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January 24, 1959


Author Affiliations

Battle Creek, Mich

Acting Deputy Director, Health Services, Office of Civil and Defense Mobilization.

JAMA. 1959;169(4):356-358. doi:10.1001/jama.1959.73000210014010d

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I would like to start with two definitions defining chemical warfare and biological warfare from a civil defense point of view. Chemical warfare is the intentional use of toxic chemicals to kill or confuse man. Biological warfare is the intentional use of living organisms or their toxic products to produce death, disability, or damage to man, animals, or crops. Note that both chemical and biological warfare are concerned only with living things. These two types of warfare have frequently been called unconventional warfare. They have nothing whatsoever to do with conventional weapons which cause physical destruction not only of humans but of equipment and facilities.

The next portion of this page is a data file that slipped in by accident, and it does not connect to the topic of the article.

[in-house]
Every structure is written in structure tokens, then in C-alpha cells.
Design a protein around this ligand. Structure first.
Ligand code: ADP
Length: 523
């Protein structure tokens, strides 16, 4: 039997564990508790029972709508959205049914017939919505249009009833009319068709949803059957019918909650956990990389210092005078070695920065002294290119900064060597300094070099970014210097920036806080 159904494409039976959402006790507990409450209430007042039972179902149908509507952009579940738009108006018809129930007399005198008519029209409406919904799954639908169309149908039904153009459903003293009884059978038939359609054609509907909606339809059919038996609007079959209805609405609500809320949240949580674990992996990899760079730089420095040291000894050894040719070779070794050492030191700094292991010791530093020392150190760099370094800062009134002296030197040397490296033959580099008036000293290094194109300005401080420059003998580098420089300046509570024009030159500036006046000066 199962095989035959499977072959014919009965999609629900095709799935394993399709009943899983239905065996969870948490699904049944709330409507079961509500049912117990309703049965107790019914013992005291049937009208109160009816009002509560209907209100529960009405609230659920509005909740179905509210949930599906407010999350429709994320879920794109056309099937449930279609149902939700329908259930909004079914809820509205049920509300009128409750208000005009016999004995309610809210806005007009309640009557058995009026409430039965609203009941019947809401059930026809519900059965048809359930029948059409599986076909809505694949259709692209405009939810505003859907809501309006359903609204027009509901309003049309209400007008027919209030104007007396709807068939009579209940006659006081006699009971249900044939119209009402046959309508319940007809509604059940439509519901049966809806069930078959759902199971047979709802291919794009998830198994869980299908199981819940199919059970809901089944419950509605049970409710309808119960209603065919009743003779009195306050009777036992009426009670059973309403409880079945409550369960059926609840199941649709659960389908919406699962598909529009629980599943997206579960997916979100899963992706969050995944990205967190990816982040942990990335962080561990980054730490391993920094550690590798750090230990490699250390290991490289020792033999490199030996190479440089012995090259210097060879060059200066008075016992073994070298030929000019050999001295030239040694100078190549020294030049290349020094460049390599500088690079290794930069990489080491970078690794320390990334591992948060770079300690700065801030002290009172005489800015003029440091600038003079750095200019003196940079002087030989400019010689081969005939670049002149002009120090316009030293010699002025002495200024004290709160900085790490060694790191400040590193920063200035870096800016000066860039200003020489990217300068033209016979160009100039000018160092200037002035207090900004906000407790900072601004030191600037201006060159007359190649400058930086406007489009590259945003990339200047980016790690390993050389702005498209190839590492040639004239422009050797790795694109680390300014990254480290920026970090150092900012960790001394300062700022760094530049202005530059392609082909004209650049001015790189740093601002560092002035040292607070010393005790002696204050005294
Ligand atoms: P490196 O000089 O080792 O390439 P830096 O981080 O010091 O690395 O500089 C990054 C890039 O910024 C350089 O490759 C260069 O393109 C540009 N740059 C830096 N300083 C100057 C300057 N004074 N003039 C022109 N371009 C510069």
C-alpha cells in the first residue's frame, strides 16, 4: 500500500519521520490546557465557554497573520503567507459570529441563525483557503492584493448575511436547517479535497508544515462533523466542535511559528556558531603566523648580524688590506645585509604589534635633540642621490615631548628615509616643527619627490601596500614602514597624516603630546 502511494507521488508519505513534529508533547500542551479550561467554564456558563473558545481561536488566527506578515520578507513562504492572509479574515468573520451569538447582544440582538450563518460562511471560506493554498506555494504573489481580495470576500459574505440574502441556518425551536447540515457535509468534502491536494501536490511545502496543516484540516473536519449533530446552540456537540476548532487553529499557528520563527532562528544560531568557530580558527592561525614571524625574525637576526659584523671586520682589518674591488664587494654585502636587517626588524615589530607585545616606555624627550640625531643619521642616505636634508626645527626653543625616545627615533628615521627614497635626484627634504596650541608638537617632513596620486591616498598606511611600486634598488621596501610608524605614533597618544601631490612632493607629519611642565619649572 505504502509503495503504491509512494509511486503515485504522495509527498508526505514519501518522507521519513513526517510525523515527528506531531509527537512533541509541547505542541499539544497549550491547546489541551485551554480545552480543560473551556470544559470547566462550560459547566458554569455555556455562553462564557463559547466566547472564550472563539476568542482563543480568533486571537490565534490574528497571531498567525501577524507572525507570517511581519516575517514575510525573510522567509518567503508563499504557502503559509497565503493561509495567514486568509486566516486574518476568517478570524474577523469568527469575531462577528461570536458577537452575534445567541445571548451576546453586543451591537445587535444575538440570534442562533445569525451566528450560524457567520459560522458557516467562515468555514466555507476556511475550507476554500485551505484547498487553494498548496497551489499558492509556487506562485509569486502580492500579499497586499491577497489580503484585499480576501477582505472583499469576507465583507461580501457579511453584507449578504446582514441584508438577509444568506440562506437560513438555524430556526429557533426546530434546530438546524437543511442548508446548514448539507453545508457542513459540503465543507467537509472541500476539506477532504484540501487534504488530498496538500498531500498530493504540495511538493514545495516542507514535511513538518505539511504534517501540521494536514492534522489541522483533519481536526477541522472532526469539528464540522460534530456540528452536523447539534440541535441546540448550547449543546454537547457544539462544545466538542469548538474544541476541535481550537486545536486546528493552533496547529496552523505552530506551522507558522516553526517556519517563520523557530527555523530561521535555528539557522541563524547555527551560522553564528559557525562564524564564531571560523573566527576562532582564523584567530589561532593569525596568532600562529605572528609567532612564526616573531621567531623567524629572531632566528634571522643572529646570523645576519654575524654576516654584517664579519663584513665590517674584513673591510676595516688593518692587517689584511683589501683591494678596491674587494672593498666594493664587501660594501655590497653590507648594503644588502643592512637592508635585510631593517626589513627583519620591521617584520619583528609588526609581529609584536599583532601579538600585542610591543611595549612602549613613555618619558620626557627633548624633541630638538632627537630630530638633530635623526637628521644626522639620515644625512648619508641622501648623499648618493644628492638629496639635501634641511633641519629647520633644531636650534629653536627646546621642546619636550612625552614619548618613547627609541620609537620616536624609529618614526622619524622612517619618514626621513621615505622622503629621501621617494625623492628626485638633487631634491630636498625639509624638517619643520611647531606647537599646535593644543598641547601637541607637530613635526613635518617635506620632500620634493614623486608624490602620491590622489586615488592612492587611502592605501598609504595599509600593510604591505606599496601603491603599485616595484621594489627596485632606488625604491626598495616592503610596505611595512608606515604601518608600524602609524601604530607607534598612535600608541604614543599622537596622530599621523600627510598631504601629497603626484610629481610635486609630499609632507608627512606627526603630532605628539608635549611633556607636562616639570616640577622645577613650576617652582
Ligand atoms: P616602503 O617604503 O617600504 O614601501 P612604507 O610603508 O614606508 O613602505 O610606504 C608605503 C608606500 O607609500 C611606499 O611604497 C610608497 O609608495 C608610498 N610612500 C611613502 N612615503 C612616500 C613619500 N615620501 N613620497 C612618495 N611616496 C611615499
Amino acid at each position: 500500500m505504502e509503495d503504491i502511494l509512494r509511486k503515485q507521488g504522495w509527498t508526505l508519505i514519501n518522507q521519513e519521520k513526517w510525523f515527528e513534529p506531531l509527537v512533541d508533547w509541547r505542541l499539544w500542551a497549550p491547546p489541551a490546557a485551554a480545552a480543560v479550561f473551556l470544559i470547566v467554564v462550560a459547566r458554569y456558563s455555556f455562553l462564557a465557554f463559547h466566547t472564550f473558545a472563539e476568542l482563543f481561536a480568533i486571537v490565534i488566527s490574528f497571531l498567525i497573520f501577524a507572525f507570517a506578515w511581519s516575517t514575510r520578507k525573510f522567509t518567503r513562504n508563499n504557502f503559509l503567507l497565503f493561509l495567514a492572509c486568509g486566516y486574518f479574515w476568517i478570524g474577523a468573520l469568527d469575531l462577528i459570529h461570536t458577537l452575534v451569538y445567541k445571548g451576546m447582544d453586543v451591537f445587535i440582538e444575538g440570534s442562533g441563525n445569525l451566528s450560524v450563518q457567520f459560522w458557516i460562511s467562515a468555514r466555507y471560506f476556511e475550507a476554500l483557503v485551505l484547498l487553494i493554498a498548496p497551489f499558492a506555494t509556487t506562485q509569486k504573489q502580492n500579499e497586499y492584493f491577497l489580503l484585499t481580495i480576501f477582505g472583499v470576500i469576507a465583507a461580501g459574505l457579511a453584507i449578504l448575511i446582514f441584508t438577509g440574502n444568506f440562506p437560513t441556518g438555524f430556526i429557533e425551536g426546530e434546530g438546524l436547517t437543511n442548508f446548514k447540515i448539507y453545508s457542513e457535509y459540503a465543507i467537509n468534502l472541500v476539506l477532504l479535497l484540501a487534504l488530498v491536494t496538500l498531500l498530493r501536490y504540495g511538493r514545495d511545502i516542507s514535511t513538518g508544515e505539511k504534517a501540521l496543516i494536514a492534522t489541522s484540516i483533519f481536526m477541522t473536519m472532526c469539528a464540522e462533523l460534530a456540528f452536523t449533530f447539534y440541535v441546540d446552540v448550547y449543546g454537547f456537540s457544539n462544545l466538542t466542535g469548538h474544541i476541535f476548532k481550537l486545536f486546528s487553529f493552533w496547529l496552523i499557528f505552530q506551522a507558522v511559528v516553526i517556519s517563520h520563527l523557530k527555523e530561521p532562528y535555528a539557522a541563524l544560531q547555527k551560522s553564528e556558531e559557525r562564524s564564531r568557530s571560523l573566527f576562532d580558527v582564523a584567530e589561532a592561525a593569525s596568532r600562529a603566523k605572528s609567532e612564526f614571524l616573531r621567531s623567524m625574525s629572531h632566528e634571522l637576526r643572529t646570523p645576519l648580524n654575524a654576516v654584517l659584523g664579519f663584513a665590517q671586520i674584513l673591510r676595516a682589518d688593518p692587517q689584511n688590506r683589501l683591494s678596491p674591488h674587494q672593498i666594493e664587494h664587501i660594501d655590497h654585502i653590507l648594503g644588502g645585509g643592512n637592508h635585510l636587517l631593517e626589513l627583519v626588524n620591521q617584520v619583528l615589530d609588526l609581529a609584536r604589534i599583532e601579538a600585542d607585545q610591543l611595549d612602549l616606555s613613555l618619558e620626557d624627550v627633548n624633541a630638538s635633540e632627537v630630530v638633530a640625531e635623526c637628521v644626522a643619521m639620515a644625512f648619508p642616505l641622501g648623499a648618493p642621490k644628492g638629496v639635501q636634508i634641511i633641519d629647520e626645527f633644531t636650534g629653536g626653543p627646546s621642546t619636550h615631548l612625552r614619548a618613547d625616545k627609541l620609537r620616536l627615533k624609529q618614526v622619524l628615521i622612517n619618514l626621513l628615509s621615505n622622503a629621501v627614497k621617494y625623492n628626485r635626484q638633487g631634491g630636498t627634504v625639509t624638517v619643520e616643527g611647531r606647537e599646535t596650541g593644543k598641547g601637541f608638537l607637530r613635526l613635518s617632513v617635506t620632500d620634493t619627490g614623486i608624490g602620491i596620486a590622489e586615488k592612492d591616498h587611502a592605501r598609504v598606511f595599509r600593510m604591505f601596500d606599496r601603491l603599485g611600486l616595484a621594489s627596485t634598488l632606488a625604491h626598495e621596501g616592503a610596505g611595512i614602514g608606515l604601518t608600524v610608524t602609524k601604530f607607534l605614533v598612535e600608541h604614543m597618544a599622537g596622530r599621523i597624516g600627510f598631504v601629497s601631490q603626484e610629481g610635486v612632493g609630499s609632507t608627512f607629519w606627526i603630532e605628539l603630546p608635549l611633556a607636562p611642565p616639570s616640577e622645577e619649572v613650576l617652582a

Nuclear and thermonuclear bombs are conventional weapons if we consider the blast and heat effects. Fall-out, however, is in a sense an unconventional weapon since it adversely affects only living things. Chemical and biological weapons or agents are far more flexible than fall-out and offer

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